Tag Archives: I want to die

Through the (shot on video) looking glass


0.5 Stars  2010/18/86m

“Through the looking glass and straight to hell.”

Director/Writer: Dennis Devine / Cast: Malerie Grady, Marlene Mc’Cohen, Kelly Kula, Katie Locke O’Brien, Christopher Senger, Heath Butler, Kim Argetsinger, Jennifer Field, Elizabeth Lam Nguyen, Jennifer Kamstock, John Buco II.

Body Count: 10

Dire-logue: “She died when she was 21… I turn 21 this week!”

Irredeemably bad shot-on-video slasher flick that attempts to staple a body count opus to Lewis Carroll’s famous stories – which I’ve never read and possibly never seen an adaption of.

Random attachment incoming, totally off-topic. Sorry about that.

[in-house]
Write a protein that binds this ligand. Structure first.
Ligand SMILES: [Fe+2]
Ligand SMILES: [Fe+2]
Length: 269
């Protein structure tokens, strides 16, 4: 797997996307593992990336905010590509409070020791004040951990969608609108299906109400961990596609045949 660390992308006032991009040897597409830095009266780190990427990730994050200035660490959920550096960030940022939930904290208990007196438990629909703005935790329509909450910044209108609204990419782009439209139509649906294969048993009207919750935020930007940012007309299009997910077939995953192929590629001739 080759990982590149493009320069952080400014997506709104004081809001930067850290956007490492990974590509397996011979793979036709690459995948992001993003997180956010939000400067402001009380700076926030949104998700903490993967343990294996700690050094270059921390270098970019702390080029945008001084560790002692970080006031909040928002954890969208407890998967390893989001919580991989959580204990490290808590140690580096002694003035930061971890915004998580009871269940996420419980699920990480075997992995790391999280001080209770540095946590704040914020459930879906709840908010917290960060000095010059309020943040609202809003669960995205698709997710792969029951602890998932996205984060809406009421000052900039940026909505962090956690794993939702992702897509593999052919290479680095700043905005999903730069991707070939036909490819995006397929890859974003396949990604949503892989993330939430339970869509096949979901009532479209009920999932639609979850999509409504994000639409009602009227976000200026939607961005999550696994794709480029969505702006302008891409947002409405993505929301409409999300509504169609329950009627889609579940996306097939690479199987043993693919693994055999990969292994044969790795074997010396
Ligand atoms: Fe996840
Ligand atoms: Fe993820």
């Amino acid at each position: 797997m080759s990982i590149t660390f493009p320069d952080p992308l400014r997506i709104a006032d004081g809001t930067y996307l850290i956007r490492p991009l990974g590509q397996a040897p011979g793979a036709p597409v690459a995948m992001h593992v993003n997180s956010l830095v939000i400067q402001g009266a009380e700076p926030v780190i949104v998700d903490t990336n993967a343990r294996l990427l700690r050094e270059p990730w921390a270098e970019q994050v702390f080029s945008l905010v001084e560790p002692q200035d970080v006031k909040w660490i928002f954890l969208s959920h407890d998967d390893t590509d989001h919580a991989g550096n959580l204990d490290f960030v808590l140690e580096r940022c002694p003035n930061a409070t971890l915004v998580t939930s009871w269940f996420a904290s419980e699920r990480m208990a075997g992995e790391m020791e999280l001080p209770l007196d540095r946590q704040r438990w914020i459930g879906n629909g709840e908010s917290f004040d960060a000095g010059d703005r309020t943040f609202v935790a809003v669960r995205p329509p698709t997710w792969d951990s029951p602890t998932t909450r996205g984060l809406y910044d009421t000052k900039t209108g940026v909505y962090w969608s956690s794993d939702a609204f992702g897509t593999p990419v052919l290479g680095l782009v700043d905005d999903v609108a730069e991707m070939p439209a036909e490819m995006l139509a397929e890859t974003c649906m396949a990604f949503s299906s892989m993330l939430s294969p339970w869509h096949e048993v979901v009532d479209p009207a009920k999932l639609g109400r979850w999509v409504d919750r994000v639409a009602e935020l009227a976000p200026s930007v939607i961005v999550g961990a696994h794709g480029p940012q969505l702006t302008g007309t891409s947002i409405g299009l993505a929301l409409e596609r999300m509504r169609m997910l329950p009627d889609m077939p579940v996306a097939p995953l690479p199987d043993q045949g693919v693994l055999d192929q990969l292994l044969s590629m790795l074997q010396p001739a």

Eight sorority sisters throw a themed party for Alice’s twenty-first birthday, and do it in the old warehouse where her mother was murdered twenty years earlier – at the age of 21!

Once gathered at the party, where they’ve decided to ban cell phones, ignore bars on the windows, and ‘party’ without music, food, or guys. Only Alice’s uncle is permitted entry, and bitchy sister Tiffany sneaks a guy in, who is quickly slaughtered.

A psycho dressed as the ‘Jabberwocky’ (what??) soon begins doing in the girls one by one and turns out to be because blah blah blah. Alice in Murderland is cheap, dull and stupid, with some horrendous dialogue written by Captain Obvious: “my mother was killed here twenty years ago this very night!” The bloodletting is liberal but akin to somebody squirting a ketchup bottle as hard as they can at the actor being slashed/axed/sliced.

An absolute waste of 86 minutes.

Blurb-of-shame: Devine also directed the crappy Dead Girls.

Hop on by


1 Stars  2010/18/86m

A.k.a. The Bunnyman Massacre (UK DVD cover)

“Pretty girls die young.”